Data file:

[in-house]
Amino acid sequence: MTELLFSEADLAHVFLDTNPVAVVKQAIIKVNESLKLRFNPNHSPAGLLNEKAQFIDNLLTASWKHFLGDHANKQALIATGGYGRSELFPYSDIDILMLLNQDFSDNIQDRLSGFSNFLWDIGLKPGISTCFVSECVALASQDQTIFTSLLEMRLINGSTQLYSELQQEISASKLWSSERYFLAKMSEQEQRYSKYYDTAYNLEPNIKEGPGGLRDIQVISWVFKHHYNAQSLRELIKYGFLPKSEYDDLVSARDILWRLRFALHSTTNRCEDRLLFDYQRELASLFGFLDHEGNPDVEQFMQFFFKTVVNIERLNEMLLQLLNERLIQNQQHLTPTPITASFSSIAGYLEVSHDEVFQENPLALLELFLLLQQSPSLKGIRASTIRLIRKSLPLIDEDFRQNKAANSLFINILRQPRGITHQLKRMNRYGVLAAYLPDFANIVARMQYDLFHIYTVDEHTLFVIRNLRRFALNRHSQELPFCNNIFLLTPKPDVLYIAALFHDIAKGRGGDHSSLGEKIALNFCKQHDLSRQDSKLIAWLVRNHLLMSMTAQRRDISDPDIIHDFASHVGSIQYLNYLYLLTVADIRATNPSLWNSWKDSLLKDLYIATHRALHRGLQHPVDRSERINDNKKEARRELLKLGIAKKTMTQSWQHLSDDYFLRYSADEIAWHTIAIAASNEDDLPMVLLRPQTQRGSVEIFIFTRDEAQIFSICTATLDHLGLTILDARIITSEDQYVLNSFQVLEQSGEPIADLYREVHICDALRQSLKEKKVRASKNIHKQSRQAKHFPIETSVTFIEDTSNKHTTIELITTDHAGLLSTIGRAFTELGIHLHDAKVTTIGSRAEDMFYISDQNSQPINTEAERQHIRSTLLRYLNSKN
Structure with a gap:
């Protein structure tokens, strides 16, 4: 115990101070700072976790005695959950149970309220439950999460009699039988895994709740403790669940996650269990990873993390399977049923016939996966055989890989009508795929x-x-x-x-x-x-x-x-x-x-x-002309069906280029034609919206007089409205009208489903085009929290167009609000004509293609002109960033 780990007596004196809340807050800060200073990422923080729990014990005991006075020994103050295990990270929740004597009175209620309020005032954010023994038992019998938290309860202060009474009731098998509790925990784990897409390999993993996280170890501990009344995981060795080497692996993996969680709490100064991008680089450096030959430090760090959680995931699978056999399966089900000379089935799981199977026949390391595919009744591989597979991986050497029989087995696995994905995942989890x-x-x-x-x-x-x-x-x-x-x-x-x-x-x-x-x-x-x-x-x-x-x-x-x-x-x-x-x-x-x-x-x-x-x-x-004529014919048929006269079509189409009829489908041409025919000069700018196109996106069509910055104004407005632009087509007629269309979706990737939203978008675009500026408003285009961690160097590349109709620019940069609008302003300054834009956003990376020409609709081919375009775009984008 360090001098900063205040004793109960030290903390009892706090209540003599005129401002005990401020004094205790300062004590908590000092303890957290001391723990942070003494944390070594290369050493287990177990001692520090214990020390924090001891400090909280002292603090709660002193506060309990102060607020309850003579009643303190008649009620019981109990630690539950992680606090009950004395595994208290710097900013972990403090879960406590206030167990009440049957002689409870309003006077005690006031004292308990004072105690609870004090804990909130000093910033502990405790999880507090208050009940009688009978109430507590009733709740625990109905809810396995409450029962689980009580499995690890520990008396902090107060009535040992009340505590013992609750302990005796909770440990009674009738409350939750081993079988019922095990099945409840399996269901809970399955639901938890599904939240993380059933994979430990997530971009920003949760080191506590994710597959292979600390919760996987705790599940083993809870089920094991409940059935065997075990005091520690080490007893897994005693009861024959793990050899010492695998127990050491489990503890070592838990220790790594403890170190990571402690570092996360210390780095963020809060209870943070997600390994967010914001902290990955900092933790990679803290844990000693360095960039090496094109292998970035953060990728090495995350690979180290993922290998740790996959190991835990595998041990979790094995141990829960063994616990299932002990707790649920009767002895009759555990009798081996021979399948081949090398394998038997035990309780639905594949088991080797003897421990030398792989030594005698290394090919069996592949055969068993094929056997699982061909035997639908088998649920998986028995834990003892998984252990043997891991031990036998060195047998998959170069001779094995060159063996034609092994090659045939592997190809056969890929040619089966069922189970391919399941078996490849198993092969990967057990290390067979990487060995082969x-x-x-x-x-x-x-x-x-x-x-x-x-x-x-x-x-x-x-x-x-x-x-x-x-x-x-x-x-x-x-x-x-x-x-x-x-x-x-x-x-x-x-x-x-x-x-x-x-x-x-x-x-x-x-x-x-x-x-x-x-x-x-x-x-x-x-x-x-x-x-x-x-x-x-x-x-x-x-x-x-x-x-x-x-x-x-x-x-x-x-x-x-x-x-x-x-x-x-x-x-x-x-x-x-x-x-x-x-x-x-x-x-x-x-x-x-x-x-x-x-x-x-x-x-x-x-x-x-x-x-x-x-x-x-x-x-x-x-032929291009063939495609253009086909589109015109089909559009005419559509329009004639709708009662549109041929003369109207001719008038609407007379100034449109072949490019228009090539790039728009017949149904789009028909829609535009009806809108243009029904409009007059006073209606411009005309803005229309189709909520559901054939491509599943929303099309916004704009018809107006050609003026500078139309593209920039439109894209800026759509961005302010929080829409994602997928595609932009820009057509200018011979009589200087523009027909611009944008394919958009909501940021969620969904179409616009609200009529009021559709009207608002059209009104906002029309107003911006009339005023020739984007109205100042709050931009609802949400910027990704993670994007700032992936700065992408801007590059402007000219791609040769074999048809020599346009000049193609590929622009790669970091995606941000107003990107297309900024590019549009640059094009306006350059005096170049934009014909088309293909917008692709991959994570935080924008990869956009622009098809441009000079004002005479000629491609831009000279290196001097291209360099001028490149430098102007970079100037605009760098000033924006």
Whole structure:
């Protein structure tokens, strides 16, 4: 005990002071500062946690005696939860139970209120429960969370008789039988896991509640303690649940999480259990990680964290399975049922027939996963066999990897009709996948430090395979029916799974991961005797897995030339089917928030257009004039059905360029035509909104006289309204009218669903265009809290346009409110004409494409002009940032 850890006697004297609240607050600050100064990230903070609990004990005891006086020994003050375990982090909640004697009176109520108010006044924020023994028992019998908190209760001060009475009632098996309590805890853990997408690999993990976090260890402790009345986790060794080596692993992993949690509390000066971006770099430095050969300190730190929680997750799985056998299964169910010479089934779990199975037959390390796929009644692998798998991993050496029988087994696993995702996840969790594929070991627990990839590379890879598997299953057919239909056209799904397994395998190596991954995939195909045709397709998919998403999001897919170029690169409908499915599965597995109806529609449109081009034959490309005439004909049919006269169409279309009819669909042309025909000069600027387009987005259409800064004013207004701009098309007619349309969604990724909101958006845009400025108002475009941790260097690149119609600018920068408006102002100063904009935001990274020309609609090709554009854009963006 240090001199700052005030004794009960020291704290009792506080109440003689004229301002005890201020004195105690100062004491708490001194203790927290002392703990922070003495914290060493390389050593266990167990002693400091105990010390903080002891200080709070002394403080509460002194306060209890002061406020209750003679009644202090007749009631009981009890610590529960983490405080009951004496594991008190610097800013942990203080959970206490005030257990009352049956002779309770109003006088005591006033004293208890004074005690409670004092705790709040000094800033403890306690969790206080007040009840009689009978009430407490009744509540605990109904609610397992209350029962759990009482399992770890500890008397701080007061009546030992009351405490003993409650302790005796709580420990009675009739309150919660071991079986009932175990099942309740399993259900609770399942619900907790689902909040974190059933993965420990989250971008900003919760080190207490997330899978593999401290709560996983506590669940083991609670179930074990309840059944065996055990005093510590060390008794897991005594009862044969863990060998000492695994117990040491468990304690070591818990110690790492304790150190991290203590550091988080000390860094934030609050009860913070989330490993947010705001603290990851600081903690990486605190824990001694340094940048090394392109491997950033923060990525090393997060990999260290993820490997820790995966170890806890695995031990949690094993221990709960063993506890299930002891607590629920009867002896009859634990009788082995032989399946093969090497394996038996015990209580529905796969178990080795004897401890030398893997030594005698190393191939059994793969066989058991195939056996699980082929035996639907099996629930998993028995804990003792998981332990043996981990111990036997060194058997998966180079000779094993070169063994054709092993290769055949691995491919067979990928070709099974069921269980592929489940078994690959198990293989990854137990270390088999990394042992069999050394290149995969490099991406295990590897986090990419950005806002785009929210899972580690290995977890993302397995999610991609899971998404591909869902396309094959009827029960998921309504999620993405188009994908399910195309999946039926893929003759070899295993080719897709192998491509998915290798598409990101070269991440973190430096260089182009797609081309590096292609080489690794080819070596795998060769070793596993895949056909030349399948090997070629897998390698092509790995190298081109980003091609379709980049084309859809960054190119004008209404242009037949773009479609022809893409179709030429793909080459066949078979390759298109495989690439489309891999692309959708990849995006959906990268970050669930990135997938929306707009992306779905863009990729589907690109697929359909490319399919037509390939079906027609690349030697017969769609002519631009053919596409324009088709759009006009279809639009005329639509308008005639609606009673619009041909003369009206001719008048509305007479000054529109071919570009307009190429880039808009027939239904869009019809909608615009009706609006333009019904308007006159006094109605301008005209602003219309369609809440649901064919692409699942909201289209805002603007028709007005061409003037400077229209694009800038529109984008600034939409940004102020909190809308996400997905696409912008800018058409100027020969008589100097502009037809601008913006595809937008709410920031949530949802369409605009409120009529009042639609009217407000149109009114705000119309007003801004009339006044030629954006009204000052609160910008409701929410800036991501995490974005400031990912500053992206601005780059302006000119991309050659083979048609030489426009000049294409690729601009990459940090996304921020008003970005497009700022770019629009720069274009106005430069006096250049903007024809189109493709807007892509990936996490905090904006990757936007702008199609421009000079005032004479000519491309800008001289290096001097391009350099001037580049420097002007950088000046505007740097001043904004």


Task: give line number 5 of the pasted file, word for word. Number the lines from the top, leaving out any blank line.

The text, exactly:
Whole structure: